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RIA # 15: Dr. Geoff Pullum on Theoretical Research


Dr. Geoff Pullum

Dr. Geoff Pullum

On this episode, Katie is joined by Dr. Geoff Pullum, Professor of General Linguistics at the University of Edinburgh where he has been since 2007. Previously, Dr. Pullum was a faculty member at University College London and at the University of California, Santa Cruz. He has been a fellow at the Center for Advanced Study in the Behavioral Sciences at Stanford University and a fellow of the Radcliffe Institute for Advanced Study at Harvard University. Dr. Pullum has previously served as Dean of Graduate Studies and Research, as Distinguished Professor of Humanities, and as Head of Linguistics and English Language. Dr. Pullum was elected a Fellow of the American Academy of Arts and Sciences in 2003, a Fellow of the Linguistic Society of American in 2007, and a Fellow of the British Academy in 2009. He is the winner (with Mark Liberman) of the Linguistics, Language, and the Public Award from the Linguistic Society of America in 2009 for work on the group linguistic science blog Language Log. He is also the co-author (with Rodney Huddleston) of The Cambridge Grammar of the English Language (2002), which won the Leonard Bloomfield Book Award from the Linguistic Society of America in 2004. Dr. Pullum also blogs at Lingua Franca for the Chronicle of Higher Education.

Transcript (.docx)

Show Notes

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Segment 1: What is theoretical research? [00:00-11:52]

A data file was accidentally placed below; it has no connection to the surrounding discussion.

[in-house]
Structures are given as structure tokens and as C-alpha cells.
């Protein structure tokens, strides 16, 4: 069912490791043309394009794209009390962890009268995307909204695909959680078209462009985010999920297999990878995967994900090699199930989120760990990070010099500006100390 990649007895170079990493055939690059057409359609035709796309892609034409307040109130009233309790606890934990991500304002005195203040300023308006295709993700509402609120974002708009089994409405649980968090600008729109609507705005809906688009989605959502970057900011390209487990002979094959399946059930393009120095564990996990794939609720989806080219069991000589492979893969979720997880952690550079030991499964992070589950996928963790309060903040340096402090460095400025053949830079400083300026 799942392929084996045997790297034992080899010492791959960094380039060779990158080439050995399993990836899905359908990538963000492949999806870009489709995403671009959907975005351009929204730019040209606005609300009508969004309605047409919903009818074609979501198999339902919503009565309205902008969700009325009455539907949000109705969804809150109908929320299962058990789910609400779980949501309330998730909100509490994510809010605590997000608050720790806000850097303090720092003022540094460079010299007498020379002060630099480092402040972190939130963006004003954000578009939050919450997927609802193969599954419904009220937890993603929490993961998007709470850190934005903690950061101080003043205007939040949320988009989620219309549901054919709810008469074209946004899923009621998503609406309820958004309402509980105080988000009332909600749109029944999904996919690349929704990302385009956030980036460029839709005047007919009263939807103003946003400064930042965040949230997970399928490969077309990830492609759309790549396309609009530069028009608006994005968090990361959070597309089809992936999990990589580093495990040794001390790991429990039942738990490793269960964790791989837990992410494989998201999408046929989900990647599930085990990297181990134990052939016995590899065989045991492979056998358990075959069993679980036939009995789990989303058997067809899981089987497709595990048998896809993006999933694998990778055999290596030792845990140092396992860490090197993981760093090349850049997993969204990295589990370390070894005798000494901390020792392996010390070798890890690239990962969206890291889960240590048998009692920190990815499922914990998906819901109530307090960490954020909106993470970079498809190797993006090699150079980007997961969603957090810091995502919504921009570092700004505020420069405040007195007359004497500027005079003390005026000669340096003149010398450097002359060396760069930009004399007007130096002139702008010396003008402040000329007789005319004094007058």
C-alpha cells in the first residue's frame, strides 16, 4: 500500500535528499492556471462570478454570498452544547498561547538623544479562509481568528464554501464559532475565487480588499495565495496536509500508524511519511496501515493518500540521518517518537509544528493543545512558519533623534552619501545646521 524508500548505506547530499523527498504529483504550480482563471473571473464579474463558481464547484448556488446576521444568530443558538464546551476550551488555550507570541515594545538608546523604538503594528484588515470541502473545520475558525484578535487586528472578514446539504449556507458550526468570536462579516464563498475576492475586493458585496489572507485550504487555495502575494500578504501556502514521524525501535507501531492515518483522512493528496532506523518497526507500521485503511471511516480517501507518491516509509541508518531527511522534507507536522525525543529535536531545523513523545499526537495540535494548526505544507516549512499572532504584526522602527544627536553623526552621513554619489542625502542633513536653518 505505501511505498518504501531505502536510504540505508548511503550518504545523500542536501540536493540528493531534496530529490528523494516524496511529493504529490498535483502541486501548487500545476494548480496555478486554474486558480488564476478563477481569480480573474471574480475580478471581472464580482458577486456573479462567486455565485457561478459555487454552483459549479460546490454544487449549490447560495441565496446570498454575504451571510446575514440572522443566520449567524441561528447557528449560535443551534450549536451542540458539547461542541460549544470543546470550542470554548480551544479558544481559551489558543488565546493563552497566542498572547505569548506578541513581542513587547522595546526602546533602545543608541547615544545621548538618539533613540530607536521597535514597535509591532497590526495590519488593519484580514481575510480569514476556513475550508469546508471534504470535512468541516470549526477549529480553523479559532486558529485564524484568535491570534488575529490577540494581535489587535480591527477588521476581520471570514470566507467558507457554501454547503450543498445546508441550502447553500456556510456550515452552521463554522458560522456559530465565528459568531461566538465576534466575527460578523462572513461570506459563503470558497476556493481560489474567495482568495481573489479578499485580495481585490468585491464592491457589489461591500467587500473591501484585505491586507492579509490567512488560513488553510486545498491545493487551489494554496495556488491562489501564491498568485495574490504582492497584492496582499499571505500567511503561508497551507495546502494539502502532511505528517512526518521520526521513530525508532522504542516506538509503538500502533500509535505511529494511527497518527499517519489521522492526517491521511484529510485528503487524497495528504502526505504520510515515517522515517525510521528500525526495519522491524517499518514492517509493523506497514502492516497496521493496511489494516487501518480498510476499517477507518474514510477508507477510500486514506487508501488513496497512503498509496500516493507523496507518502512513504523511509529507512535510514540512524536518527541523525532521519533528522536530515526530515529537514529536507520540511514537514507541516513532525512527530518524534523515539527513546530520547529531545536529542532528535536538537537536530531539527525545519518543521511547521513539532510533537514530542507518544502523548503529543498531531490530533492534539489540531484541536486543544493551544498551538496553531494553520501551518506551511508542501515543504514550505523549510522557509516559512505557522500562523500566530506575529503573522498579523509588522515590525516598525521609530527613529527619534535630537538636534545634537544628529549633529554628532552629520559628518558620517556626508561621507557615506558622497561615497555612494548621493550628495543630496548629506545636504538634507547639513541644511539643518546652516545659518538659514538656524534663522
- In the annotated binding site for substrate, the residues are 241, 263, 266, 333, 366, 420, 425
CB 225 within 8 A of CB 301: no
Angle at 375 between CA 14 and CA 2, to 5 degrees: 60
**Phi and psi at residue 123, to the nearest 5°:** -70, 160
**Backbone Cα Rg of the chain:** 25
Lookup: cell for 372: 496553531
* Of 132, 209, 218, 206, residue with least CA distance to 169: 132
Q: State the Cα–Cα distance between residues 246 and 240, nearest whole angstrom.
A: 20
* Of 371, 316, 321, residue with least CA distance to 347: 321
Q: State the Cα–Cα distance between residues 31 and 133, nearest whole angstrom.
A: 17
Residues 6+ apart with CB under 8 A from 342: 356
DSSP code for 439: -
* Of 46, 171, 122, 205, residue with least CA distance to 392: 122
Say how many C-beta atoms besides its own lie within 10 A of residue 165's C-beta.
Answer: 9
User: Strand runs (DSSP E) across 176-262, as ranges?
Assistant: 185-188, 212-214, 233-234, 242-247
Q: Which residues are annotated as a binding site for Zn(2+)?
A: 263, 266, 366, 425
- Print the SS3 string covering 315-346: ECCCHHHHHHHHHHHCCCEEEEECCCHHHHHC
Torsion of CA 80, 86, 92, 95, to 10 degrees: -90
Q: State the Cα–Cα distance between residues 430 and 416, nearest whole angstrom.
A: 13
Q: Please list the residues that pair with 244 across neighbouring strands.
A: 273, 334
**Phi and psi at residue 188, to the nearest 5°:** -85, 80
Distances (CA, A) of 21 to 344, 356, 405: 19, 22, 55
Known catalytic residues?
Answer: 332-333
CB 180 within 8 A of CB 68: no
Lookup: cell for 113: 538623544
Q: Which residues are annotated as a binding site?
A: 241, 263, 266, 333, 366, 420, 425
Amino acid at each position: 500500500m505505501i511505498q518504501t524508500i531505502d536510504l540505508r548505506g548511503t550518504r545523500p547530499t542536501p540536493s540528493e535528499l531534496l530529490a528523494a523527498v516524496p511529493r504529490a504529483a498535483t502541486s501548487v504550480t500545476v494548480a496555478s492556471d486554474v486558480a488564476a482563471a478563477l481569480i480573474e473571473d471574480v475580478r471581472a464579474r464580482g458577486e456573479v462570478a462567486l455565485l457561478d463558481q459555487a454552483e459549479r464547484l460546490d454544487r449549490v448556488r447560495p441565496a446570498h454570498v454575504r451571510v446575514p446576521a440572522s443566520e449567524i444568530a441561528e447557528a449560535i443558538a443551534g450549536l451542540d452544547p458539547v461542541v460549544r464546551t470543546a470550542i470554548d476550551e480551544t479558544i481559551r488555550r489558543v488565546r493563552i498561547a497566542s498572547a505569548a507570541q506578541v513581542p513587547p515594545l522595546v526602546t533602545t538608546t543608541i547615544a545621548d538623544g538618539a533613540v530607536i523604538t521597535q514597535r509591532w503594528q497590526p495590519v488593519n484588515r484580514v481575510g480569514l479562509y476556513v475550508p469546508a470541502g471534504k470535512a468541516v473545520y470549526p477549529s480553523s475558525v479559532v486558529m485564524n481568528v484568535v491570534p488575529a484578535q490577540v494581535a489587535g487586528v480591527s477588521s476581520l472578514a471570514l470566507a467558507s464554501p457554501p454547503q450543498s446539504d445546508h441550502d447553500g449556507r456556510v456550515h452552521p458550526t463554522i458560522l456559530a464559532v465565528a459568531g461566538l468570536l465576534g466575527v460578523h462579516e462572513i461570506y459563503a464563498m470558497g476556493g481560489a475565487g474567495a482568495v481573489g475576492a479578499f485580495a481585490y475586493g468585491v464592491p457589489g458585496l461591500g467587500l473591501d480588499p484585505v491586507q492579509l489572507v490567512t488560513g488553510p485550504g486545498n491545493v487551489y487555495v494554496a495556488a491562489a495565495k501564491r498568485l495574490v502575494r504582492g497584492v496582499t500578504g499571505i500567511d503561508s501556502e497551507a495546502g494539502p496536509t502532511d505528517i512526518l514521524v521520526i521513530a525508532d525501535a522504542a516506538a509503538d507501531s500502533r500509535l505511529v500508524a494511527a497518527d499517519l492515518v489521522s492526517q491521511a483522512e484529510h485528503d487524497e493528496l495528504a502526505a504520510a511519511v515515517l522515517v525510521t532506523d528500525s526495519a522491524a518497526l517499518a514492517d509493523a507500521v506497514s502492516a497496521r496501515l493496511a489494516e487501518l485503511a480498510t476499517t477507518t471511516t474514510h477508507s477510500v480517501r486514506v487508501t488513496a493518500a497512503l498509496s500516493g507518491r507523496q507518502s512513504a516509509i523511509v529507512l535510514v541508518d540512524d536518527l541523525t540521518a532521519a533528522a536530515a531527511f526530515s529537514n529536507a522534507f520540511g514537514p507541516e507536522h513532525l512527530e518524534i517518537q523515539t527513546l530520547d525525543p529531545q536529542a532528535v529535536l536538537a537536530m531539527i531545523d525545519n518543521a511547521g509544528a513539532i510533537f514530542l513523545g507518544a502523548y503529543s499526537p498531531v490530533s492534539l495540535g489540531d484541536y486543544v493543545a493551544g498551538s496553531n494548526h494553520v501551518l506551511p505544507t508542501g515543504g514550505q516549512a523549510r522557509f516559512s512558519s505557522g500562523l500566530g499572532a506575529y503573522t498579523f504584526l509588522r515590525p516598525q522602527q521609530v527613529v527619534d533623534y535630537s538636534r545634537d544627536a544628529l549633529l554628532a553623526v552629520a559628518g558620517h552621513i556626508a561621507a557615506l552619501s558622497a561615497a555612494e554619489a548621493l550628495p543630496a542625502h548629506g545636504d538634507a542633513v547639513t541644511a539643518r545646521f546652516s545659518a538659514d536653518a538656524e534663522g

In this first segment, Geoff defines theoretical research and shares some examples from his own work.

In this segment, the following resources are mentioned:

Segment 2: Explaining theoretical research to the public [11:53-22:12]

In segment two, Geoff shares some of the ways he approaches sharing theoretical research with the public and how he employs humor.

In this segment, the following resources are mentioned:

Segment 3: Co-authorship [22:13-33:39]

In segment three, Geoff talks about a few of his many collaborations and how some of these experiences come to be.

In this segment, the following resources are mentioned:

Bonus Clip: Being an Academic Blogger [00:00-5:18]

In this bonus clip, Geoff shares how he began blogging as an academic and the insights he’s gained along the way.

In this bonus clip, the following resources are mentioned

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The views expressed by guests on the Research in Action podcast do not necessarily represent the views of Ecampus or Oregon State University.